Google Photos introduces an AI search feature, Ask Photos


Image Credits: TechCrunch

Google Photos is getting an AI infusion with the launch of an experimental feature, Ask Photos, powered by Google’s Gemini AI model. The new feature, which rolls out later this summer, will allow users to search across their Google Photos collection using natural language queries that leverage an AI’s understanding of their photo’s content and other metadata.

While before users could search for specific people, places or things in their photos, thanks to natural language processing, the AI upgrade will make finding the right content more intuitive and less of a manual search process, Google announced Tuesday at its annual Google I/O 2024 developer conference.

For instance, instead of searching for something specific in your photos, such as “Eiffel Tower,” you can now ask the AI to do something much more complex, like find the “best photo from each of the National Parks I visited.” The AI uses a variety of signals to determine what makes the photo the “best” of a given set, including things like lighting, blurriness, lack of background distortion and more. It can then combine that with its understanding of the geolocation of a set of photos or dates to retrieve only those images taken at U.S. National Parks.

Image Credits: Google

This feature builds on the recent launch of Photo Stacks in Google Photos, which groups together near-duplicate photos and uses AI to highlight the best photos in the group. As with Photo Stacks, the aim is to help people find the photos they want as their digital collections grow. More than 6 billion images are uploaded daily to Google Photos, according to Google, to give you an idea of scale.

In addition, the “Ask Photos” feature will allow users to ask questions to get other sorts of helpful answers. Beyond asking for the best photos from a vacation or some other group, users can ask questions that require an almost human-like understanding of what’s in their photos.

For instance, a parent could ask Google Photos what themes they had used for their child’s four last birthday parties, and it could return a simple answer along with photos and videos about the mermaid, princess and unicorn themes that were previously used and when.

Image Credits: Google

This type of query is made possible because Google Photos doesn’t just understand the keywords you’ve entered but also the natural language concepts, like “themed birthday party.” It can also take advantage of the AI’s multimodal abilities to understand if there’s text in a photo that may be relevant to the query.

Another example demoed to the press by CEO Sundar Pichai ahead of today’s Google I/O developer conference showed a user asking the AI to show them their child’s swimming progress. The AI packaged up highlights of photos and videos of the child swimming over time.

Another new feature taps into using search to find answers from text in the photos. That way, you could snap a photo of something you wanted to remember later on — like your license plate or passport number — and then ask the AI to retrieve that information when you needed it.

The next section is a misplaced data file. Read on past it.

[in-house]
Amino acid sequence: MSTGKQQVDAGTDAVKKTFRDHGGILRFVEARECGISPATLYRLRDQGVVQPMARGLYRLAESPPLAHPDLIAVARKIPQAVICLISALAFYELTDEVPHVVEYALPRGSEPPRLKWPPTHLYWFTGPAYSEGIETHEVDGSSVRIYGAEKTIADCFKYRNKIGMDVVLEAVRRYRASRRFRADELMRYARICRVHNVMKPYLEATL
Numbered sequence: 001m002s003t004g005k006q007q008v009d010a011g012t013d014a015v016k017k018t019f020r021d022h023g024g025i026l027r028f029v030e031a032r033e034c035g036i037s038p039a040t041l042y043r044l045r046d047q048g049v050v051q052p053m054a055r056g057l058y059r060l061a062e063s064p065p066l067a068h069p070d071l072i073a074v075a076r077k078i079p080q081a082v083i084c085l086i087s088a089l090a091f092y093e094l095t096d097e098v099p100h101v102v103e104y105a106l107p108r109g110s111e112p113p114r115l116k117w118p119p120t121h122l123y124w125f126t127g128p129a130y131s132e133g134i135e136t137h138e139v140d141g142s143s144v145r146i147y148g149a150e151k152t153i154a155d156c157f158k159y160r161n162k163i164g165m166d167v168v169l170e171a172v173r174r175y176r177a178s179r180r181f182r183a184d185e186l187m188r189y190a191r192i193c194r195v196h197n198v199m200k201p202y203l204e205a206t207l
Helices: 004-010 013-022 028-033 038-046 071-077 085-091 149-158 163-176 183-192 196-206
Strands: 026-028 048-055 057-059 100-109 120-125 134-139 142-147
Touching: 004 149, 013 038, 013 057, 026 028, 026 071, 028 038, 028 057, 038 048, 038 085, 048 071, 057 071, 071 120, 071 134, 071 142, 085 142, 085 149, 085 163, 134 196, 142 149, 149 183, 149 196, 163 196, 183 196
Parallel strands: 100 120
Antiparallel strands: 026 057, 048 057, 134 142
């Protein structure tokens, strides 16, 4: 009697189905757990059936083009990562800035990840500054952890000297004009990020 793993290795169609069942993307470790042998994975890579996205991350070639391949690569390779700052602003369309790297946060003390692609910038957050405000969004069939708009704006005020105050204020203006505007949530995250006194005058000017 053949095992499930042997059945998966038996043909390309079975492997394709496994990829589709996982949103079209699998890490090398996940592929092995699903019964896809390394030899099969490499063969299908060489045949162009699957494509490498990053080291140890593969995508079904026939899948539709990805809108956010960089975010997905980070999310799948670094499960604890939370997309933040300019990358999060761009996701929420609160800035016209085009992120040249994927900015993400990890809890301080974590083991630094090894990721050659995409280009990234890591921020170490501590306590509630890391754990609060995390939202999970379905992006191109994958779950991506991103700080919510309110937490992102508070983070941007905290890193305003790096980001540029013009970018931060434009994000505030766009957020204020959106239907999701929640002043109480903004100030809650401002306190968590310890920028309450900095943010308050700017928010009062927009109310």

If the AI ever gets things wrong and you correct it — perhaps flagging a photo that’s not from a birthday party or one you wouldn’t highlight from your vacation — it will remember that response to improve over time. This also means the AI becomes more personalized to you the longer you interact with it.

When you find photos you’re ready to share, the AI can help draft a caption that summarizes the content of the photos. For now, this is a basic summary, which doesn’t offer the option of choosing from different styles, however. (But considering it’s using Gemini under the hood, a smartly written prompt might work to return a certain style if you try it.)

Google says it will have guardrails in place to not respond in certain cases (perhaps no asking the AI for the “best nudes”?). It also didn’t include potentially offensive content when training the model. But the feature is launching as an experiment, so it may need additional controls to be added over time as Google responds to how people put it to use.

The Ask Photos feature will initially be supported in the U.S. in English before rolling out to more markets. It will also only be a text-based feature for now, similar to asking questions of an AI chatbot. Over time, though, it could become integrated more deeply with Gemini running on the device, as on Android.

The company says users’ personal data in Google Photos is not used for ads. Humans also won’t review AI conversations and personal data in Ask Photos, except “in rare cases to address abuse or harm,” Google says. People’s personal data in Google Photos also isn’t used to train any other generative AI product, like Gemini.

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